Know-How Moves Markets
In early 2018, Brian Roberts, CEO of Comcast, a $155bn US media company, began an attempt to take over the Sky satellite television business. In such a large transaction lots of advisors are involved. There is lots of analysis to be done to understand the right price to offer and the payoff of such a deal.
Visiting the UK, Roberts spent the weekend not huddled with his bankers and consultants. Instead he jumped in a black taxi and headed off to a shopping centre to spend time talking to Sky salesmen working out of pop-up stalls. En route, a talkative taxi driver regaled him with the differences between Virgin and Sky. Later, with the salesmen in the shopping centre he saw their immense pride in and passion for their product.
That weekend he decided to go for the deal. By July 2018 Roberts had claimed his prize.
This is a simple example, but it demonstrates that an army of investment bankers and corporate advisors is useful when you’re doing a $22bn takeover but sometimes you need a different, ‘on-the-ground’ perspective.
When we started Stripe Partners our goal was to ‘do’ research differently and offer a different form of strategic advice.
One of our first projects involved taking a team of senior Duracell executives camping in a US national park with some outdoor enthusiasts. The execs quickly learned how not to pitch a tent and that collecting firewood is illegal. They picked up campcraft, like digging a shallow hole beneath a water tank to prevent muddy puddles developing in the cooking area. A visit to the bushes in the middle of the night drove home the worth of a good torch under the dark sky of a new moon.
We’ve always focused on what sort of knowledge is useful and not just in some editorial ways in what knowledge needs to be communicated and how. We’re interested in what knowledge is and how, and why, it compels or supports business to act. Our evolution as a business has led us to question different types of knowledge.
Our practice has been influenced by the British philosopher Gilbert Ryle’s distinction between ‘knowing that’ and ‘knowing how’. Knowing that is formal and factual knowledge – like a recipe in a cookbook. Knowing how is the ability to knock that dish together – it’s practical, fluid and intuitive knowledge. Both forms of knowledge complement each other. Roberts was seeking out know-how to inform the knowledge that his bankers could give him.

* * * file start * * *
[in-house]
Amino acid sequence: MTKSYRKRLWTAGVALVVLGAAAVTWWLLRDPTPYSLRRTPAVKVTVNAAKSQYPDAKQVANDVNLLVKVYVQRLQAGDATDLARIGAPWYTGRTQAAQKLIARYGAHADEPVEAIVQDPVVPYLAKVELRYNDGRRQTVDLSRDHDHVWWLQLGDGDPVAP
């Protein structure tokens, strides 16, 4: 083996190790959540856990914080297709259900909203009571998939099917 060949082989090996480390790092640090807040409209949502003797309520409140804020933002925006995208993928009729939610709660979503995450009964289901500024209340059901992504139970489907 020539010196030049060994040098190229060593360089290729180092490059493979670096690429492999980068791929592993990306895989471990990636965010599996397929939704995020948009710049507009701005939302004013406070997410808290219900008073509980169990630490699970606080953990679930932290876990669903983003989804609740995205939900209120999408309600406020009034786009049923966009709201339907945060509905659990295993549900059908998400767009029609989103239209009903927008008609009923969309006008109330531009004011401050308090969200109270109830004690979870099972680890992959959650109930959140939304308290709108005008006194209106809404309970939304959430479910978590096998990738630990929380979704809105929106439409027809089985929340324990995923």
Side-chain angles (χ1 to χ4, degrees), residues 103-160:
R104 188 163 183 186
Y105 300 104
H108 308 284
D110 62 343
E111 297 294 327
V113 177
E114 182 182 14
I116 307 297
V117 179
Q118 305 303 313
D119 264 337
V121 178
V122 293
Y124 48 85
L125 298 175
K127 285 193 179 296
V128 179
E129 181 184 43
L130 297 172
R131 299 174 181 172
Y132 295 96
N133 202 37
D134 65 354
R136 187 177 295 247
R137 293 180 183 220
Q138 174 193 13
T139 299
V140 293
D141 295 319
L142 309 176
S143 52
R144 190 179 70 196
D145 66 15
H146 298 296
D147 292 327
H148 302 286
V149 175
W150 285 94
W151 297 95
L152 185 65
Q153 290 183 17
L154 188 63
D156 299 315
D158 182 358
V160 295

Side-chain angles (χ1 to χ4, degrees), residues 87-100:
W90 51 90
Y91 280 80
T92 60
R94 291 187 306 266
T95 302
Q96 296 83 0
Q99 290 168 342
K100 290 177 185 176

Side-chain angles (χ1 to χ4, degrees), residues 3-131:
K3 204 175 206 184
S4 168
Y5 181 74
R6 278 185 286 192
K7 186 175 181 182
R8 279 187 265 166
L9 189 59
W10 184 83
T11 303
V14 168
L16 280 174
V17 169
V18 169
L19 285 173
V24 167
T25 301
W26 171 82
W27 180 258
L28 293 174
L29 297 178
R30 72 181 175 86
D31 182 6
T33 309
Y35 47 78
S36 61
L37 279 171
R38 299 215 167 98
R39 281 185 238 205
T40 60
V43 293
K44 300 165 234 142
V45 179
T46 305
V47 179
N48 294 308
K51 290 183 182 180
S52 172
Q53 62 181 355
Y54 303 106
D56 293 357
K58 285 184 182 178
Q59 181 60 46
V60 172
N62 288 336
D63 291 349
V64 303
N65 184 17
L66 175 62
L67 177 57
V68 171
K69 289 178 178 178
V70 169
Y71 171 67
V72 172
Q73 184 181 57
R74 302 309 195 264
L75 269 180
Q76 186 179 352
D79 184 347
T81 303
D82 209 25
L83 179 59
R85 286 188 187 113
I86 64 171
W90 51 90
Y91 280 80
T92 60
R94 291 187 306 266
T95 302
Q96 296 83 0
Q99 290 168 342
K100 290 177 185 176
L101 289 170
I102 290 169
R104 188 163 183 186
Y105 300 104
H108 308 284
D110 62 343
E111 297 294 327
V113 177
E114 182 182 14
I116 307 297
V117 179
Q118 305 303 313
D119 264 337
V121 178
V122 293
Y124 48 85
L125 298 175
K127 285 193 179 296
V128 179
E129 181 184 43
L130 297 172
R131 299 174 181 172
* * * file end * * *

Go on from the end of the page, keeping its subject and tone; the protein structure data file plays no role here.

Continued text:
Developing know-how requires a hands-on approach. It might not always involve camping but it does mean putting yourself in others’ shoes. And it’s worth the effort. The campaign we developed with Duracell was one of most successful in Procter and Gamble’s history. The reason, the marketing director contended, was that the team really got what the outdoors means to people who take it seriously. They had knowledge bred of familiarity. They had a feelfor the outdoors.
Five years into our journey we’ve reflected on these types of knowledge and are putting know-how at the centre of our mission.
Time for Know-How
Too many organizations rely only on ‘knowledge that’. The lust for big data illustrates this.But ‘knowing that’ doesn’t always enable organizations to make the best decisions. Abstract models, averages and aggregates allow organizations to know things but not to have a feel for them. This is a brittle knowledge, it’s stripped of empathy and emotion. It tends to view the world mechanistically – as something that conforms to rules. The financial crisis, polling failures, political earthquakes and business missteps show the dangers of relying only on this sort of knowledge. The world is too unpredictable.
There can be no complete playbook in business. The environment and market landscape changes too often and unexpectedly. Data about the past is little guide to the future. It’s like the middle game in chess when the formulaic moves of the opening sequence have been made. At this point players rely on spotting patterns, recognising the situation that’s unfolding and identifying an opportunity. They need to depend on a ‘feel’ for the situation they’re in. This is helped by, but extends way beyond, a formal analysis of their situation.
Smart businesses have good data and a good feel for what it is saying.
Our structured approach to client engagements is designed to give business leaders access to the world and to develop the emotionally rich, practical, culturally rooted know-how on which the best decisions are made.
When you’re making new products, for a future that is yours not to predict but to invent and when the past is a poor guide to the future you need know-how.
Stripe Partners: Know-how to invent the future.